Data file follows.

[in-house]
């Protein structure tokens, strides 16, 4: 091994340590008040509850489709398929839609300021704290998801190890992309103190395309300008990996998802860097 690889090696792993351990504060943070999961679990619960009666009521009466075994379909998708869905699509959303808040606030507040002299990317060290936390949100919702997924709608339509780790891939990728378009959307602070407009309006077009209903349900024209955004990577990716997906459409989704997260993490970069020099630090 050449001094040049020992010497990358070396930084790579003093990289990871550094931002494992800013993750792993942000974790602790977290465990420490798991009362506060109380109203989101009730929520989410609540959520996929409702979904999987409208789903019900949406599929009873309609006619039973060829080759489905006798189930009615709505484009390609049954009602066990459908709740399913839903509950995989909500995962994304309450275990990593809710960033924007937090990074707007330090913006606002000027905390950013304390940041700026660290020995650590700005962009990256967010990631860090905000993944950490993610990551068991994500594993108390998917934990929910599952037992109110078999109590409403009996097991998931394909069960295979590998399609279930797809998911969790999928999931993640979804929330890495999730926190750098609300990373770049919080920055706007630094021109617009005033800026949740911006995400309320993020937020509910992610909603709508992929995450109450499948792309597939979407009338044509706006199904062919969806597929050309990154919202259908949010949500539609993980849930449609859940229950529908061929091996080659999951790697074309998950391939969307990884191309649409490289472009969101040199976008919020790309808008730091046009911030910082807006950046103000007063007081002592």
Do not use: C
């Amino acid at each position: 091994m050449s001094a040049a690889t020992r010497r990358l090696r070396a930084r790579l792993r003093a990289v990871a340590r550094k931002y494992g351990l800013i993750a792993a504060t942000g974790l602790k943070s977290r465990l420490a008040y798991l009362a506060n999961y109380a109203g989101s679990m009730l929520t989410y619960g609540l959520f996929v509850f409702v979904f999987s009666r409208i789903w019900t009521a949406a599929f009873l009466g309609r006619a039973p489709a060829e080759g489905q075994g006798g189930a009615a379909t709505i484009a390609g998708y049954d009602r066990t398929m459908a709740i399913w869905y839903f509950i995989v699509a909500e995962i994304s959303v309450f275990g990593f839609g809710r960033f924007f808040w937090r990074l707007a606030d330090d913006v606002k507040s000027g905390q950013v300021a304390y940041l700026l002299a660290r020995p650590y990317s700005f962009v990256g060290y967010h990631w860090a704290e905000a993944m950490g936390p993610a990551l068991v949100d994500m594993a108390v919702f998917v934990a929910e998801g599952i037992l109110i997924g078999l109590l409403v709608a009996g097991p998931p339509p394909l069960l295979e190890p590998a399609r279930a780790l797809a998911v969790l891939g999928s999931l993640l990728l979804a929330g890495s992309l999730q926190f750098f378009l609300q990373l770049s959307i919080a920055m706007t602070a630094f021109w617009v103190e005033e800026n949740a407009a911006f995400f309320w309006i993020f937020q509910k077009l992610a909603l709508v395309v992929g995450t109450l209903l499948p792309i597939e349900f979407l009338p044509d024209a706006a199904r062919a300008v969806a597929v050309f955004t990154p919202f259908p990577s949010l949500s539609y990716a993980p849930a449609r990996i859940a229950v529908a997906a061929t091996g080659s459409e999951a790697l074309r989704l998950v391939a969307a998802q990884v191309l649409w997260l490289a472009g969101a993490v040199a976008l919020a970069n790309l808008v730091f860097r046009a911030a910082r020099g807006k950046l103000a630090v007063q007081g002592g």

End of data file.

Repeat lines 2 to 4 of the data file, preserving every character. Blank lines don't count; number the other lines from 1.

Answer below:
């Protein structure tokens, strides 16, 4: 091994340590008040509850489709398929839609300021704290998801190890992309103190395309300008990996998802860097 690889090696792993351990504060943070999961679990619960009666009521009466075994379909998708869905699509959303808040606030507040002299990317060290936390949100919702997924709608339509780790891939990728378009959307602070407009309006077009209903349900024209955004990577990716997906459409989704997260993490970069020099630090 050449001094040049020992010497990358070396930084790579003093990289990871550094931002494992800013993750792993942000974790602790977290465990420490798991009362506060109380109203989101009730929520989410609540959520996929409702979904999987409208789903019900949406599929009873309609006619039973060829080759489905006798189930009615709505484009390609049954009602066990459908709740399913839903509950995989909500995962994304309450275990990593809710960033924007937090990074707007330090913006606002000027905390950013304390940041700026660290020995650590700005962009990256967010990631860090905000993944950490993610990551068991994500594993108390998917934990929910599952037992109110078999109590409403009996097991998931394909069960295979590998399609279930797809998911969790999928999931993640979804929330890495999730926190750098609300990373770049919080920055706007630094021109617009005033800026949740911006995400309320993020937020509910992610909603709508992929995450109450499948792309597939979407009338044509706006199904062919969806597929050309990154919202259908949010949500539609993980849930449609859940229950529908061929091996080659999951790697074309998950391939969307990884191309649409490289472009969101040199976008919020790309808008730091046009911030910082807006950046103000007063007081002592």
Do not use: C
């Amino acid at each position: 091994m050449s001094a040049a690889t020992r010497r990358l090696r070396a930084r790579l792993r003093a990289v990871a340590r550094k931002y494992g351990l800013i993750a792993a504060t942000g974790l602790k943070s977290r465990l420490a008040y798991l009362a506060n999961y109380a109203g989101s679990m009730l929520t989410y619960g609540l959520f996929v509850f409702v979904f999987s009666r409208i789903w019900t009521a949406a599929f009873l009466g309609r006619a039973p489709a060829e080759g489905q075994g006798g189930a009615a379909t709505i484009a390609g998708y049954d009602r066990t398929m459908a709740i399913w869905y839903f509950i995989v699509a909500e995962i994304s959303v309450f275990g990593f839609g809710r960033f924007f808040w937090r990074l707007a606030d330090d913006v606002k507040s000027g905390q950013v300021a304390y940041l700026l002299a660290r020995p650590y990317s700005f962009v990256g060290y967010h990631w860090a704290e905000a993944m950490g936390p993610a990551l068991v949100d994500m594993a108390v919702f998917v934990a929910e998801g599952i037992l109110i997924g078999l109590l409403v709608a009996g097991p998931p339509p394909l069960l295979e190890p590998a399609r279930a780790l797809a998911v969790l891939g999928s999931l993640l990728l979804a929330g890495s992309l999730q926190f750098f378009l609300q990373l770049s959307i919080a920055m706007t602070a630094f021109w617009v103190e005033e800026n949740a407009a911006f995400f309320w309006i993020f937020q509910k077009l992610a909603l709508v395309v992929g995450t109450l209903l499948p792309i597939e349900f979407l009338p044509d024209a706006a199904r062919a300008v969806a597929v050309f955004t990154p919202f259908p990577s949010l949500s539609y990716a993980p849930a449609r990996i859940a229950v529908a997906a061929t091996g080659s459409e999951a790697l074309r989704l998950v391939a969307a998802q990884v191309l649409w997260l490289a472009g969101a993490v040199a976008l919020a970069n790309l808008v730091f860097r046009a911030a910082r020099g807006k950046l103000a630090v007063q007081g002592g």